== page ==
function setIntervalFunction (params) {
	sendText(results, "*** setIntervalFunction has executed ***");
	if (params.count >= 5) {
		sendText(results, "------- setIntervalFunction has stopped -------");

Notice two things:

  1. We’re passing a third argument to setInterval() (Line 2). This argument will be passed to the function declared in the setIntval() declaration, and that is why you see “params” as the argument to the “setIntervalFunction”. You don’t really need it in this case – I just added it to show it can be done.
  2. Using “params.count”, we are now checking if the count reaches five. Once it does, we issue the clearInterval() method to stop the process.

And here is the result:

The browser output after the second example

And now the function stops executing after five rounds!

The Game

When I was doing this Boring JavaScript code, I found out there wasn’t much there. I thought – well, then let’s show a real world application. And what better real world application than – A GAME!

The game I came up with in the space of an hour is a very simple Whack-A-Mole style game. Here is a screen shot:

The Boring JavaScript setInterval() Game

Here’s what happens in the game.

  1. Click on ‘Click to Start’. This will begin a five-second countdown.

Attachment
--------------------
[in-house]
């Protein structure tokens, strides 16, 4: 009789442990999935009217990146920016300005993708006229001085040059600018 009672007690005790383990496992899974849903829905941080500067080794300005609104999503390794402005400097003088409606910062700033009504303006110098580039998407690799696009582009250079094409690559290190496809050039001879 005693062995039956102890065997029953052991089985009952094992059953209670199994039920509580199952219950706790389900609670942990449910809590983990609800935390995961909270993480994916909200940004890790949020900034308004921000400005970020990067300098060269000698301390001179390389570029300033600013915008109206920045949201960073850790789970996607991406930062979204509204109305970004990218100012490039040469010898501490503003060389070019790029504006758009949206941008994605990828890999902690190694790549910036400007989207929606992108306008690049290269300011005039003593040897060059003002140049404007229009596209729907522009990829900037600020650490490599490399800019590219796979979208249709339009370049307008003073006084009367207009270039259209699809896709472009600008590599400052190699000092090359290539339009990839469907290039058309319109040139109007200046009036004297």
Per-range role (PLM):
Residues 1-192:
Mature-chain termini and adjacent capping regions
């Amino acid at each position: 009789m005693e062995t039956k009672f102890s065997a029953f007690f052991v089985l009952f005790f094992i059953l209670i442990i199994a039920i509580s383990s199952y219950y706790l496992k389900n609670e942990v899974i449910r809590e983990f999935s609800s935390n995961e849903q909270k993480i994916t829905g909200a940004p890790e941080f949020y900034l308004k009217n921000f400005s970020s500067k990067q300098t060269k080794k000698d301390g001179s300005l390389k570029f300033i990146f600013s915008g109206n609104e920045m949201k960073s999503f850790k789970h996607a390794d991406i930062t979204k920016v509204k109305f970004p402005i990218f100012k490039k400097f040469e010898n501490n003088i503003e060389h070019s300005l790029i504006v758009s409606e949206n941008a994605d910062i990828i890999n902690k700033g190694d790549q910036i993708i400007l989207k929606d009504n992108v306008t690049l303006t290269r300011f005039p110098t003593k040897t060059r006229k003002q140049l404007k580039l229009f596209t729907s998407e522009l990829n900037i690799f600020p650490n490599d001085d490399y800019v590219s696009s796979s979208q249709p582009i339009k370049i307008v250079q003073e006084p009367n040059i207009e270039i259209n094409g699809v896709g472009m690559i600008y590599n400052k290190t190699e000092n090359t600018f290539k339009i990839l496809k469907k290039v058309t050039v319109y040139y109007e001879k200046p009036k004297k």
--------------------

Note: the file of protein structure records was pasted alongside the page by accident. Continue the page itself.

2. When the countdown gets to ‘0’, a buzzer will sound.
  3. A bar with one of four colors will appear under the text ‘Click to Start’, and the text itself will change to the name of the color.
  4. You then have to click on that color in one of the four small boxes under ‘Click to Start’. If you click correctly, your score increments and appears in the number to the far left. Another color will appear, and you continue the process.
  5. You have 10 seconds to click on as many colors as possible. Once 10 seconds is done, a buzzer sounds and the game is over.

It’s a very simple game that uses two setInterval() functions – one for a countdown from 5 (before the game begins) and one to run the 10-second clock you see in red above.

I won’t go into details here, but I encourage you to visit our GitHub site at, go to “J023-setinterval”, and download the game yourself. It’s your to keep and fool around with.

The Video

Here is the Boring JavaScript video where I cover the above and the game.


Remember these points:

  1. setInterval() requires a function to execute at each interval, and the interval itself. The third parameter is optional.
  2. The interval is in milliseconds. There are 1000 milliseconds in one second.
  3. Save the handle returned by setInterval()! You will need it to pass to clearInterval() or your function will fire forever.

setInterval() and clearInterval() are quick and convenient methods for creating timers in JavaScript. If you have any type of timing in your application, they are great tools to have in your arsenal.

Categories: Boring JavaScript Javascript

Tagged as:


Web Tinkerer. No, not like Tinkerbell.

Creator of the game Virtuoid. Boring JavaScript. Visit us at

Leave a Reply

Fill in your details below or click an icon to log in: Logo

You are commenting using your account. Log Out /  Change )

Twitter picture

You are commenting using your Twitter account. Log Out /  Change )

Facebook photo

You are commenting using your Facebook account. Log Out /  Change )

Connecting to %s

This site uses Akismet to reduce spam. Learn how your comment data is processed.

%d bloggers like this: